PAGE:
Seriously, though, have you? I love sharing my adventures in storytelling, but I don’t do it for me. I’m doing it to empower you to have your own. That’s why I’m here, in your inbox, each week. A part of me is hopeful and expectant and giddy at the thought of you sitting down and crafting a story in whatever medium you work with.
So. When was the last time you shared a story?
You know that I know that you have a story in you. And I actually trust and believe you have many. I also believe strongly that storytelling is about connection. So, it’s great to have a story in you, but the magic happens, and culture is shaped and reshaped when you do the work of sharing it. But I know it’s not easy. Whether it’s your resume, launching a new brand or creating a piece of art, starting is often the hardest part. At least it is for me.
These are the three steps I take every time I start a new story. I used it just this past weekend to finish a fun new project I can’t wait to share with you. Hopefully my process will help you get started sharing your magic with the world.
Schedule it. This first step is important. As a former journalist I am motivated by a deadline. So I schedule a deadline for myself. You may be more motivated by having a chunk of time blocked off in your calendar to work. Whatever works best for you, just put it in your calendar. For my project I gave myself a deadline to have a draft to share. I wrote it in my calendar a month ago and knew that in between the other things I had on the go, I needed to finish that draft.
Daydream about it. Seriously. Imagine what it could be. What it might lead to, how it will come together? After I schedule it, I leave space to do nothing—well, nothing active. Daydreaming is an important part of my process. I imagine the future of the brands I’m helping create, what the space they’ll occupy will look like. I think about the customers they’ll influence and how the brand will improve their experience of the world. For my fiction, I spend time with the character, I think about their journey and the moments that matter most for them (plot points). With a resume or LinkedIn page I think about my history and what I want my future to look like career-wise. I go wide and I go big. The sky’s the limit and it costs nothing to daydream. This is my mind playing with possibility and subconsciously stitching together the story. It’s work, but it isn’t work and I often get to the point where I’m so excited by the possibilities that I can’t help but sit down and start to put it down on paper—I’m eager to the point of desperation to get the story out so I can share it with the world.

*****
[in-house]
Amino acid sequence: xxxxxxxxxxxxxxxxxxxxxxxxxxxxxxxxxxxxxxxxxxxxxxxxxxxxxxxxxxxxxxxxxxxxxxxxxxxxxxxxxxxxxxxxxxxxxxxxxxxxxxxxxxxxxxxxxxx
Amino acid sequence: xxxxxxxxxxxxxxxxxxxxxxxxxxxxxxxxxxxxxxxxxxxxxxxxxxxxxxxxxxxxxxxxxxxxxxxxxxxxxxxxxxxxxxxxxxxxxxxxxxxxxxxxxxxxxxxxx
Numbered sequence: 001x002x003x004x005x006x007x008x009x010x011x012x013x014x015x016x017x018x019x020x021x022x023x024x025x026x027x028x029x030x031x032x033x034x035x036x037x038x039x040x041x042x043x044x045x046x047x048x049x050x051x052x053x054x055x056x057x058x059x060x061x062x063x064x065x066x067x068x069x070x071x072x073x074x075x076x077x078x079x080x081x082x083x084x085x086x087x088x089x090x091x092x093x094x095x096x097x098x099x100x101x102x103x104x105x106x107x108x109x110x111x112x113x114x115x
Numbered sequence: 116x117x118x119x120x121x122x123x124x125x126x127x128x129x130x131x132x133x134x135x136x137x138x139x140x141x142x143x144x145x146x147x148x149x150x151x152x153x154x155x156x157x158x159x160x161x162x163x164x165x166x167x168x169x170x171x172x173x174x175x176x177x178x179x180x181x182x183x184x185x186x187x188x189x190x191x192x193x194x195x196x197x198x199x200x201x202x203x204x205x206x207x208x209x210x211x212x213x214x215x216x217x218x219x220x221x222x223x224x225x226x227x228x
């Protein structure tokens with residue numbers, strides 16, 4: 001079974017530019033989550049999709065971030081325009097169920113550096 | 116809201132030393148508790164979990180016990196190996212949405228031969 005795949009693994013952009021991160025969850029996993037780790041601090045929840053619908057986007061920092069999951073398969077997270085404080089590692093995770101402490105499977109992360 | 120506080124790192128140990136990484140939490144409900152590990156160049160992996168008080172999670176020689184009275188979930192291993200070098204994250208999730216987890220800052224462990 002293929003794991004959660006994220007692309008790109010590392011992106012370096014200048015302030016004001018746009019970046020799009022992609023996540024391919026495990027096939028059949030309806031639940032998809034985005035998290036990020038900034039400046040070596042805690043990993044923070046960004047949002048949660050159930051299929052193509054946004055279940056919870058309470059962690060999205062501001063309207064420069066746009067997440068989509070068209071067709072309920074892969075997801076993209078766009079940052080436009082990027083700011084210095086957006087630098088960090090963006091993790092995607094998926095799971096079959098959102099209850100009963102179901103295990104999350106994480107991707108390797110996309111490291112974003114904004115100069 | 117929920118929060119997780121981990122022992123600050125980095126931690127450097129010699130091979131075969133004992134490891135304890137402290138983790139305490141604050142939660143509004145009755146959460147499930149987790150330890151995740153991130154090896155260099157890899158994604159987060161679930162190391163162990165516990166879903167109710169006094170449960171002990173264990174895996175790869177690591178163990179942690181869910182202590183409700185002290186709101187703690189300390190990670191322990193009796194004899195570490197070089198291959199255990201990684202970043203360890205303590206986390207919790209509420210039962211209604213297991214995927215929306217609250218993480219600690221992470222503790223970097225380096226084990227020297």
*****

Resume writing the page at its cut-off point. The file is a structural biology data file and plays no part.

Accept that it might suck (at first). The final step is an important one. I’m a big fan of the messy first draft. It’s inevitable for me in my process. I factor it in when I’m scheduling. I know I’m going to have to go back and review, revise and rewrite. It’s part of the process. But what it does is take some of the pressure of starting. It won’t be good at first. Great. Let’s just start and see where the editing takes us. Deep breath; dive in.
So if there’s a story you’ve been thinking about and maybe even dreading. Try this approach. And I hear you on the dread—I love the work I do, but that doesn’t mean I don’t stare down the barrel of having to do it and break out in a bit of an uncomfortable sweat. Telling our story isn’t always easy, but it’s always worth it. I’ve never regretted sitting down and just starting. In fact, I love that full feeling of having accomplished a bit of magic—it’s like a drug to me and better than $1-million dollars in my bank account.
Let me know in the comments if there’s a story you’ve been sitting on and if today’s the day you schedule a deadline or some work time for yourself to get started. As a favourite storyteller of mine, Marie Forleo says (and I treat like a prayer), “progress not perfection.”
A Story Well Told
I know I shared a pile of books with you last week, but I can’t not share this one. I just finished The Vanishing Half by Brit Bennett. My word. That book. It reconfigured my brain. It’s an experience of the world utterly foreign to me yet so familiar that I was just consumed by the ideas in it. It’s about identity and about who we are and who we choose to be and how people see us versus how we see ourselves. It was like the experience of a funhouse mirror brought to life and it blew my mind. It had me thinking about story structure and character in entirely new ways. How could I not share? If you read it or have read it, let me know what you think. I’m obsessed to understand how others received it.
Thanks for reading and I’ll “see” you next week. Whatever the world may bring, there will always be important stories that need you to tell them. I’ll be here to help.
Also, if you’re enjoying this or if there’s something you’d like me to cover in a future letter—an element of your storytelling you may be struggling with, please let me know by leaving a comment below. I’m here to help.